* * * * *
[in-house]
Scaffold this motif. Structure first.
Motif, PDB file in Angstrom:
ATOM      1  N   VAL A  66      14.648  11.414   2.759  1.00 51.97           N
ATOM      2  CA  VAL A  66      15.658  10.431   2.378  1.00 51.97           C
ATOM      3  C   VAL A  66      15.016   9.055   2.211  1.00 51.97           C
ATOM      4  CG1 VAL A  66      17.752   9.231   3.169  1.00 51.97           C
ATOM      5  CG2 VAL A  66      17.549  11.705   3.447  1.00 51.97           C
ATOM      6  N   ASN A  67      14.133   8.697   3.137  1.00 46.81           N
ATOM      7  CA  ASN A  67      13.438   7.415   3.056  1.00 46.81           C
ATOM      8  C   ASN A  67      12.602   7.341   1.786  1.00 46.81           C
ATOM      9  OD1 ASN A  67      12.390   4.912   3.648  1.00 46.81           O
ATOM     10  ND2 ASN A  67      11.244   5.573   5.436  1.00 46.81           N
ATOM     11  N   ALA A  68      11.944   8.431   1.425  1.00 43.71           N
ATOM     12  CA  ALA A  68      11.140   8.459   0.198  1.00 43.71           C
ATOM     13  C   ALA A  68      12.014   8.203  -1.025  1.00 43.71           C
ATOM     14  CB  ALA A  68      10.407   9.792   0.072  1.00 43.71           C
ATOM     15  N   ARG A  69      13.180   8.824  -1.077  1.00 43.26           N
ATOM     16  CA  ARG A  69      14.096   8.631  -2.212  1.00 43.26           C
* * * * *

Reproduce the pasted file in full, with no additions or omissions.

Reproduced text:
[in-house]
Scaffold this motif. Structure first.
Motif, PDB file in Angstrom:
ATOM      1  N   VAL A  66      14.648  11.414   2.759  1.00 51.97           N
ATOM      2  CA  VAL A  66      15.658  10.431   2.378  1.00 51.97           C
ATOM      3  C   VAL A  66      15.016   9.055   2.211  1.00 51.97           C
ATOM      4  CG1 VAL A  66      17.752   9.231   3.169  1.00 51.97           C
ATOM      5  CG2 VAL A  66      17.549  11.705   3.447  1.00 51.97           C
ATOM      6  N   ASN A  67      14.133   8.697   3.137  1.00 46.81           N
ATOM      7  CA  ASN A  67      13.438   7.415   3.056  1.00 46.81           C
ATOM      8  C   ASN A  67      12.602   7.341   1.786  1.00 46.81           C
ATOM      9  OD1 ASN A  67      12.390   4.912   3.648  1.00 46.81           O
ATOM     10  ND2 ASN A  67      11.244   5.573   5.436  1.00 46.81           N
ATOM     11  N   ALA A  68      11.944   8.431   1.425  1.00 43.71           N
ATOM     12  CA  ALA A  68      11.140   8.459   0.198  1.00 43.71           C
ATOM     13  C   ALA A  68      12.014   8.203  -1.025  1.00 43.71           C
ATOM     14  CB  ALA A  68      10.407   9.792   0.072  1.00 43.71           C
ATOM     15  N   ARG A  69      13.180   8.824  -1.077  1.00 43.26           N
ATOM     16  CA  ARG A  69      14.096   8.631  -2.212  1.00 43.26           C